IPv6 Ignorance

Gert Doering gert at space.net
Fri Oct 5 20:15:09 CEST 2012


On Fri, Oct 05, 2012 at 10:31:40AM -0600, Tim Densmore wrote:
> Well, my argument isn't exactly that IPv6 isn't needed, only that I have 
> seen significant resistance to spending money and very little desire for 
> the product itself.  

That's the problem: IPv6 is not a "product".  It's plumbing.

People do not ask for "IPv4" either, they want "Internet".

Now, the problem here is - using IPv4-only, "Internet" is going to be 
expensive and increasingly fragile and non-working in the not-so-far
future (multiple layers of NATs, half of those overloaded at peak
times, etc.) - so to be able to sell the product "Internet", we all
need to move to new plumbing.  IPv6.

> Add to that the fact that, for most people at 
> least, IPv6 doesn't allow them access to anything they want that they 
> don't already have, and I can understand why there's not more uptake.  

Don't *ask*, just *ship* - make it part of the standard package, and
just deliver it.  (I'm not claiming we're fully there yet, but for example
all our mail products [finally] have IPv6 capable MXes now...)

> In terms of supply and demand, there's very limited of supply (I'm only 
> seeing around 10k IPv6 BGP routes in my routing table, and I'd estimate 
> 2 or 3 percent of websites I visit are "IPV6" according to sixornot), 
> and basically zero demand. Again, IMO/IME, I don't mean to speak in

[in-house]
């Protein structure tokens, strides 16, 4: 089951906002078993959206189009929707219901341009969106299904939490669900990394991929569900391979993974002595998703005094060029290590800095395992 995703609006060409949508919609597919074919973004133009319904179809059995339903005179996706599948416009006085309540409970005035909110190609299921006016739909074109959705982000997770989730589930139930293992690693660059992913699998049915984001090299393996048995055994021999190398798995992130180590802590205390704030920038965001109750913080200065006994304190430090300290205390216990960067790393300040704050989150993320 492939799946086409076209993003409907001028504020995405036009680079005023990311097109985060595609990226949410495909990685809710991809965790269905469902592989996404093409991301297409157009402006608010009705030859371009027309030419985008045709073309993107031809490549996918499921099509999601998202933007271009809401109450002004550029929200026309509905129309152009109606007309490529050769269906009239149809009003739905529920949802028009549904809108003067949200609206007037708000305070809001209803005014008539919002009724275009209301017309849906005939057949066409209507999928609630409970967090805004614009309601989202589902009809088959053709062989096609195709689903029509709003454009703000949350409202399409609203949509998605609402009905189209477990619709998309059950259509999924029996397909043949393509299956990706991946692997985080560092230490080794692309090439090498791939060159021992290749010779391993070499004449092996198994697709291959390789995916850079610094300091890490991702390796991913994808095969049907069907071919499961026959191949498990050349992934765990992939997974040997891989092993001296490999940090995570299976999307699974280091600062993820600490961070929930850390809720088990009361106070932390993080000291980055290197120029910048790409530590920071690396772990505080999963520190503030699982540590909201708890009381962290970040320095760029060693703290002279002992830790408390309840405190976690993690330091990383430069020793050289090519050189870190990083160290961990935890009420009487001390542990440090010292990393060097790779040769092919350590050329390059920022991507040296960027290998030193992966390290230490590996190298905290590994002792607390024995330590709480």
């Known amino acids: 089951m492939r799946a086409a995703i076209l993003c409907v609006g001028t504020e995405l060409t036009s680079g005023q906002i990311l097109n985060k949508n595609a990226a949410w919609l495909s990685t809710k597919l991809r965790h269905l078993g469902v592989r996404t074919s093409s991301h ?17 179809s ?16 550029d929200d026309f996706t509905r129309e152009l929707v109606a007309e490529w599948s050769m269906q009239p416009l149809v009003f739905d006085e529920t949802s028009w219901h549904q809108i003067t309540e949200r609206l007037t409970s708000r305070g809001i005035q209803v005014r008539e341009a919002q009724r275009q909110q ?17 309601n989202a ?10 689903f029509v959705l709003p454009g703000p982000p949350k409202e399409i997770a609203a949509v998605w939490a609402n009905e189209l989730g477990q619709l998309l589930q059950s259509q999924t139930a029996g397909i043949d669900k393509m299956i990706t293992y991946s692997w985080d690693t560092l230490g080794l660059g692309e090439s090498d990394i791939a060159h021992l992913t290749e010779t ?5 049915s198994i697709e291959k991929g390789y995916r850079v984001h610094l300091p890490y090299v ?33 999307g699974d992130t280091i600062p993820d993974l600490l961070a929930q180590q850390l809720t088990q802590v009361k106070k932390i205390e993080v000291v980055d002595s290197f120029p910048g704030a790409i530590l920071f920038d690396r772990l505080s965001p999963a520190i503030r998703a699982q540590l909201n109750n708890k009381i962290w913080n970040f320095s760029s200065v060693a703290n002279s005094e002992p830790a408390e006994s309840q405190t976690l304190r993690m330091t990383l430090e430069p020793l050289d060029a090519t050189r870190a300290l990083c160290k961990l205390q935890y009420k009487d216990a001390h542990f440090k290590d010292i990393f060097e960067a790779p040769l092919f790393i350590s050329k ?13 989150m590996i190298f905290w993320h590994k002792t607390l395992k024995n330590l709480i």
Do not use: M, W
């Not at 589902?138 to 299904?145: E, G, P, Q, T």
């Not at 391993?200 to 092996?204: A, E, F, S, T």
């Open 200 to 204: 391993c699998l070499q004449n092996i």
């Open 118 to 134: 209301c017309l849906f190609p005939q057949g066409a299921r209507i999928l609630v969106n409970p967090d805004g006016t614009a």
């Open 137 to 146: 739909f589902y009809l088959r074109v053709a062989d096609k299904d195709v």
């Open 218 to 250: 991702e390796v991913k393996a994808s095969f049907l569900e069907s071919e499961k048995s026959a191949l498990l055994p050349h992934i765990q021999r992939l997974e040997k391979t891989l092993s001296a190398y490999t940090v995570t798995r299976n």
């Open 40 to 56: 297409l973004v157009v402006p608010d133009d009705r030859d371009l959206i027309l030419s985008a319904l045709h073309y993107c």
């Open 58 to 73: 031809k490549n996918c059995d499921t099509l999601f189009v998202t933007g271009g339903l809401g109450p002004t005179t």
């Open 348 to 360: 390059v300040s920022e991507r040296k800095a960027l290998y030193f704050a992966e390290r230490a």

> absolutes here at all.

If you count percentage of webservers, we have a long way to go, yes.

If you count percentage of *traffic* that would use IPv6 if it's 
available at the client machine (and it's not a dumb Apple device), 
you'll see 20-40% due to google, youtube and facebook being v6-capable 
today.  That's a significant load reduction on your carrier-grade NAT
box, and thus actually helps lower costs, while keeping the service
up (no 3rd party NAT in the path).

Servers will, unfortunately, have to have an IPv4+IPv6 face towards
"the Internet".  Clients, OTOH, will *have* to move to IPv6+NAT64 or
IPv6+NAT444 in the very near future, as there are just no more IPv4
addresses in Europe and Asia to permit DSL, Cable, 3G providers to 
grow any further.

Gert Doering
        -- NetMaster
have you enabled IPv6 on something today...?

SpaceNet AG                        Vorstand: Sebastian v. Bomhard
Joseph-Dollinger-Bogen 14          Aufsichtsratsvors.: A. Grundner-Culemann
D-80807 Muenchen                   HRB: 136055 (AG Muenchen)
Tel: +49 (89) 32356-444            USt-IdNr.: DE813185279

More information about the ipv6-ops mailing list